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Richard Rohr focuses his attention on all frames and doorways to the divine - the alternative way of Francis of Assisi.
Francis of Assisi, one of the most beloved of all saints, was at once very traditional and entirely revolutionary in the ways of holiness. As a standing paradox, he both stood barefoot on the earth and yet touched the heavens; he was grounded in the church and yet instinctively moved toward the cosmos; he lived happily inside the visible and tangible, and yet both suffered and rejoiced in the invisible.
Rohr places the tradition as first practiced by Francis, and subsequently by others, within a context for the uninitiated audience. This is not a historical accounting, but rather a perspective about how the alternative orthodoxy can deepen spiritual life for anyone, whether Catholic, Protestant, Jewish, secular, or spiritual seeker.
Eager to Love is grounded in the Gospels, the prophets, a broad blend of psychology and theology, and in literature and art, to continue to communicate through all the sources that articulate specific alternative ways of understanding God with us.
Number of Pages: 320
Vendor: Franciscan Media
Publication Date: 2014
|Dimensions: 7.50 X 5.50 (inches)|
Breathing Under Water: Spirituality and the Twelve StepsRichard RohrFranciscan Media / 2011 / Trade Paperback$9.49 Retail:4.5 Stars Out Of 5 2 Reviews
$16.99Save 44% ($7.50)
"Eager to Love illuminates the path of Francis of Assisi as a path of evolving life toward integral wholeness." Ilia Delio, O.S.F., author, Compassion: Living in the Spirit of St. Francis
"A gift to all Franciscan-hearted people everywhere!" Daniel P. Horan, O.F.M., author, The Last Words of Jesus: A Meditation on Love and Suffering
"This book captures the essence of our Franciscan spirituality. Richard has woven a masterful tapestry that combines ancient sources with cutting edge experience and thought. He writes with the authority of a man who has faithfully embraced our life for over half a century, an authentic mystic drawing on his own experience. This book may indeed help re-ignite the Franciscan revolution in our 21st Century." Robert Lentz, O.F.M.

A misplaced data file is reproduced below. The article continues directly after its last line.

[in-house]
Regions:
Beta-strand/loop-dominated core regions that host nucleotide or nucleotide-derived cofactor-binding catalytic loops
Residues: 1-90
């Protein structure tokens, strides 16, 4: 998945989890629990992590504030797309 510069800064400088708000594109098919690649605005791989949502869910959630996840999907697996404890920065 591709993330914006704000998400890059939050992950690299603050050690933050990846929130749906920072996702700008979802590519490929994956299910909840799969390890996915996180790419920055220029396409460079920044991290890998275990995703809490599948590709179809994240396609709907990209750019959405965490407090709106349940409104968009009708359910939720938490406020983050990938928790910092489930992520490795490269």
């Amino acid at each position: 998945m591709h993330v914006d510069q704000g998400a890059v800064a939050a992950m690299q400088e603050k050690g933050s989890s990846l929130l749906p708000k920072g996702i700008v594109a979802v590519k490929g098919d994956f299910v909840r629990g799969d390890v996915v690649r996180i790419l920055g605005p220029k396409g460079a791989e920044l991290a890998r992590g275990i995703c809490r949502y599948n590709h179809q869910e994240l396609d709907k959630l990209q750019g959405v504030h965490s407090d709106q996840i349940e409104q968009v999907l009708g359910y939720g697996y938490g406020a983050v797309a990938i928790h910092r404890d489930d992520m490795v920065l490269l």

"A marvelous, companionable book for those eager to love as Francis and Clare loved. Both philosophical and experiential, theological and historically based, Eager to Love is itself a chronicle and sustained meditation on how Friar Richard has come to understand and live the Franciscan life he vowed as a young man. It is a wisdom book packed with insight, compassion, and love a mellowing and deepening of a modern prophetic voice." Murray Bodo, O.F.M., author, Francis and Jesus
In Eager to Love, [Rohr] reclaims the mysticism inherent in the Franciscan legacy and he offers it as an alternative to the hierarchical, patriarchal and authoritarian Christianity that he suggests has primary responsibility for so much of contemporary agnosticism in the West. … He claims to want to "reignite the Franciscan revolution," which is universally accessible and inclusive, offering healing and liberation. As such, he is building a bridge between the Christian mystical tradition and estranged seekers of every ilk. … Eager to Love is neither a biography of Francis nor a history of the Franciscan order, but Rohr's reflections on the best aspects of the Franciscan heritage as lived out by its founder and its early worthies Clare, Bonaventure and Dun Scotus. Dana Greene, National Catholic Reporter
Why another book on St. Francis when there is already so much on him?
Well, first of all it isnt a biography on St. Francis, and I dont really talk about him until one of the later chapters. I make that point at the beginning. My emphasis in the book is on what flowed from him, what was validated by him and then toward the end of the book I look at the source: Francis himself. Francis was not a theologian, much less a systematic theologian. But he was an intuitive genius, at least in terms of spiritual things and the gospel.
Who are you writing for?
I would say interested but sincere seekers. I dont care if theyre in the church or out of the church. I would like to believe that interested but sincere seekers, probably with some degree of education, will read it. Some of the chapters are quite heavy; the one on contemplation is really central. People who havent done a little homework in these fields will probably jump over some of these heavier chapters because it might be too much for the common reader. I worried about that a bit because I dont want to write for the elite, but neither do I want to make Francis into a lightweight as hes so often been portrayed. So I guess Im shooting at the middle.
What does the title "Eager to Love" mean for you?
As I began writing it, I was wondering what I would title it, and then in reading BonaventureBonaventure is the philosopher-theologian who takes Francis intuitive vision and makes a systematic theology and philosophy out of itis where I found it. In my reading of Bonaventure, I dont remember if he actually uses that phrase, but whatever phrase I was reading prompted that image. What Bonaventure saw in Francis and what he desired in himself was an eagerness to love. It wasnt just an intellectual head trip that the gospel for both Francis and Bonaventure was immediately oriented toward love and service in the world. And love of the world and service toward the world. So the phrase came to me and I never changed it after that. The publishers liked it and it stuck.
Read the entire interview here.